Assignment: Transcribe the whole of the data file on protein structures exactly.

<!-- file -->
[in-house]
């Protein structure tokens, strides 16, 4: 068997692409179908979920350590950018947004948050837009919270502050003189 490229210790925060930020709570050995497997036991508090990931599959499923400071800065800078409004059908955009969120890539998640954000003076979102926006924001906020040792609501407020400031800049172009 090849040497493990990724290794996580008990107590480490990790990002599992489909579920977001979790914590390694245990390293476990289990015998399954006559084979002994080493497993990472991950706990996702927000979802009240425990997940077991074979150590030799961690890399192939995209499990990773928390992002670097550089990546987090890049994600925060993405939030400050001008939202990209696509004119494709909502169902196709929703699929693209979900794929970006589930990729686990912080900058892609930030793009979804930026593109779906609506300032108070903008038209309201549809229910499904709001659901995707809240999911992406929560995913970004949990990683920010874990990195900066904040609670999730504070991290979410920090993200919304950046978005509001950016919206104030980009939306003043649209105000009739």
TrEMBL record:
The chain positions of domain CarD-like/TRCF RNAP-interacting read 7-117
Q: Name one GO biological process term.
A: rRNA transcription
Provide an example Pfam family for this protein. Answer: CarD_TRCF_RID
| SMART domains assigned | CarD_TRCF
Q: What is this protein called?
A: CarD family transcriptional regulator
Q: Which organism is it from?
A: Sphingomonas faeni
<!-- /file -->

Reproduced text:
[in-house]
């Protein structure tokens, strides 16, 4: 068997692409179908979920350590950018947004948050837009919270502050003189 490229210790925060930020709570050995497997036991508090990931599959499923400071800065800078409004059908955009969120890539998640954000003076979102926006924001906020040792609501407020400031800049172009 090849040497493990990724290794996580008990107590480490990790990002599992489909579920977001979790914590390694245990390293476990289990015998399954006559084979002994080493497993990472991950706990996702927000979802009240425990997940077991074979150590030799961690890399192939995209499990990773928390992002670097550089990546987090890049994600925060993405939030400050001008939202990209696509004119494709909502169902196709929703699929693209979900794929970006589930990729686990912080900058892609930030793009979804930026593109779906609506300032108070903008038209309201549809229910499904709001659901995707809240999911992406929560995913970004949990990683920010874990990195900066904040609670999730504070991290979410920090993200919304950046978005509001950016919206104030980009939306003043649209105000009739």
TrEMBL record:
The chain positions of domain CarD-like/TRCF RNAP-interacting read 7-117
Q: Name one GO biological process term.
A: rRNA transcription
Provide an example Pfam family for this protein. Answer: CarD_TRCF_RID
| SMART domains assigned | CarD_TRCF
Q: What is this protein called?
A: CarD family transcriptional regulator
Q: Which organism is it from?
A: Sphingomonas faeni